Deja Foxx: Young Person, Activist, Organizer, Future President, Badass
Just a year after I’d launched the empowerment campaign for GLO, I was scrolling through Facebook when I came across a video “16 year old teen faces off with senator at town hall”. I clicked on the video and there stood Deja schooling Jeff Flake on Title X and Planned Parenthood. The video had gone viral. At that moment, I felt so inspired by the video and hearing what Deja said I decided to do more research into Planned Parenthood and access to birth control in America. Hong Kong has birth control sold in Watson or Mannings; America’s counterparts being CVS, Duane Reade, or Walgreens. I had no idea that in America birth control, a right that all women should have easy and free access to, was limited by politicians who were old, white, and male. Watching Deja’s video opened a whole door to me to become aware of these issues before I got to America to begin my academic journey. I could never guess that I’d have the chance to call Deja let alone attend the same school as her. She’s truly a badass.
Deja Foxx is a self described activist, organizer, and badass. Her journey with social justice has been lifelong, beginning with being born as a women of color to a low income background and single mother. Deja doesn’t separate activism and her life - they are one in the same.
She was, however, first inspired to take concrete action during her sophomore in highschool when she experienced firsthand the way abstinence only sex education and a lack of regulation around the subject disproportionately affected students of color, low income students, and independent students, students like herself. Recalling her health teacher’s words “You guys go to UHS. You already know this stuff.” as he breezed through a slide show on contraceptives, Deja still feels the anger she felt that day as she thought to herself “I don’t have parents at home, I don’t already know these things.” Turning her anger into action, Deja began organizing alongside Planned Parenthood to activate the power of her peers. After 6 months of lobbying the TUSD school board, primarily through the use of personal stories, Deja knew this is wasn’t just what she wanted to do, but what she had to do.
Scaling up her efforts, she began working on higher level officials to create change; eventually going viral for an exchange with her state senator, Jeff Flake. Deja began, "I just want to state some facts, I'm a young woman; you're a middle-aged man. I'm a person of color, and you're white. I come from a background of poverty, and I didn't always have parents to guide me through life; you come from privilege” leading up to the question everyone was wondering: what gives you the right to tell me what to do with my body? In this moment, Deja put words and a face to the lack of representation that what women and people of color across the country and throughout history have felt. She strongly believes that her success is rooted in her story and uplifting the stories of others.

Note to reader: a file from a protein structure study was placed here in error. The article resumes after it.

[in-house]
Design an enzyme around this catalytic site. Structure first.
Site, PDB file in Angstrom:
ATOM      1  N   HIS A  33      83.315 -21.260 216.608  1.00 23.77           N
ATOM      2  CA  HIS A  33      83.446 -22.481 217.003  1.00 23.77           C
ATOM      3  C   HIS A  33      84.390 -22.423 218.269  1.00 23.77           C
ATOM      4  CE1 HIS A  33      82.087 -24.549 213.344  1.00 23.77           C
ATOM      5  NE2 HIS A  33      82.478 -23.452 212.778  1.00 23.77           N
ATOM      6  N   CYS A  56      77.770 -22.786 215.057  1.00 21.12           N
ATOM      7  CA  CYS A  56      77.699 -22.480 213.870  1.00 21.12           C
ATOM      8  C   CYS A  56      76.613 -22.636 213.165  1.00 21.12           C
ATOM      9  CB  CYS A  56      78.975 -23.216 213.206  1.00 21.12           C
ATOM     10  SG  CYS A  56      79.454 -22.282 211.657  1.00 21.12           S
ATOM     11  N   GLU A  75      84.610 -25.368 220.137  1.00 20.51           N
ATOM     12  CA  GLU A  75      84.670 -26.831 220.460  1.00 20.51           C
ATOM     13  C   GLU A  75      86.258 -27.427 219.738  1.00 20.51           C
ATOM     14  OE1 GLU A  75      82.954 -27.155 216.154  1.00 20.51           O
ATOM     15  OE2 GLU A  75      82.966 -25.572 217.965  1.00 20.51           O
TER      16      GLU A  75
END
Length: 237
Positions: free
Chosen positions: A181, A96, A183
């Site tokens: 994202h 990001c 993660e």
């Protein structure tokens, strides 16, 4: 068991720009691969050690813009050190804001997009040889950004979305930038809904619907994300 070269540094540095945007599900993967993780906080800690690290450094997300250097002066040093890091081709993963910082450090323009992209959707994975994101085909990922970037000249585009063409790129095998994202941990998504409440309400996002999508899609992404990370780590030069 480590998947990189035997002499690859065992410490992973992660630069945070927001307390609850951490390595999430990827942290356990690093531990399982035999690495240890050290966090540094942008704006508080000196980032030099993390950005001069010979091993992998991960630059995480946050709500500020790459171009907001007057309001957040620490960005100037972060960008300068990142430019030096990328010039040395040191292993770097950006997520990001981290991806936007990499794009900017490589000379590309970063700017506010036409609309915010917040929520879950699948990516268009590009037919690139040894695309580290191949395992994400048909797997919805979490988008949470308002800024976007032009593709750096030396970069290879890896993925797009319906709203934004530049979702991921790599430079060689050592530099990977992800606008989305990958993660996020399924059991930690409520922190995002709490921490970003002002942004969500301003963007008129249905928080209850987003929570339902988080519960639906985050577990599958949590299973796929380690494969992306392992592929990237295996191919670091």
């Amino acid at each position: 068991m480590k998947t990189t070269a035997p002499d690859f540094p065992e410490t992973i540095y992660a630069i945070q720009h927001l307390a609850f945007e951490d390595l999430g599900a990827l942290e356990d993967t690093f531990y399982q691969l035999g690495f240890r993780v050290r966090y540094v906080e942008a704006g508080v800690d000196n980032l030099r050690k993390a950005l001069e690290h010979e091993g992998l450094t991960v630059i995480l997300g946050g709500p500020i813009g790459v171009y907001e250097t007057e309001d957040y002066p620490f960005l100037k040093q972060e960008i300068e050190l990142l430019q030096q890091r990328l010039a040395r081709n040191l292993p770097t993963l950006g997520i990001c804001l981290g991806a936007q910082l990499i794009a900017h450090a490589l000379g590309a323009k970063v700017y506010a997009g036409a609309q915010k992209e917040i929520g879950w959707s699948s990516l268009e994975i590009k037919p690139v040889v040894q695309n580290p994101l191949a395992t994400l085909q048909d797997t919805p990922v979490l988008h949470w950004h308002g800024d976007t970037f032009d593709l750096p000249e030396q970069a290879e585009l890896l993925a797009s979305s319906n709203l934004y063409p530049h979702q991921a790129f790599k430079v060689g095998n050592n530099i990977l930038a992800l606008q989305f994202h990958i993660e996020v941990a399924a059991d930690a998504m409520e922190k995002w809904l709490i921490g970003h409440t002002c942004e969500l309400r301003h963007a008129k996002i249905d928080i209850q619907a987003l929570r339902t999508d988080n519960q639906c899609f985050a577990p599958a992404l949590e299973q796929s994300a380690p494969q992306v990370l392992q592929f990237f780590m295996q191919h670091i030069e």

Since then, Deja has expanded her activism to include movements that truly represent the intersectionality and multidimensional quality of her own identity. Deja is part of a team that founded the Reproductive Health Access Project at their local community health center. The group is composed of young people most affected by a growing gap in access to contraceptives such as teen moms, youth on their own, and people in group homes and the foster care system all with ages ranging 14-20. The composition of the groups leadership team is inspired by Deja’s own experiences struggling to find social justices spaces inclusive of her increased level of responsibility as an independent young person. Together, they have been able to find creative ways to make reproductive health care more accessible to people like them. Some of their unique strategies include providing ride shares to and from the clinic, not asking for documentation of any kind, and providing all of their STI and birth control services at no cost. In addition to this work, Deja has found creative strategies to raise awareness of child detention facilities in her city’s Tucson and organize young people on social media toward the Families Belong Together Movement. This work is particularly close to her heart as a first generation American.
Another movement Deja has found herself organizing around is gun violence. It seemed every lunch period of her senior year was consumed by organizing sessions leading to walk outs and marches, but it was all worth it to be a voice at the table advocating for a more holistic view of gun violence that includes wrongs committed by the state such as border militarization and police brutality. The work Deja engages in is as diverse as her own experience, but what always remains constant is her belief in the power of young people, their stories, and the value of their work.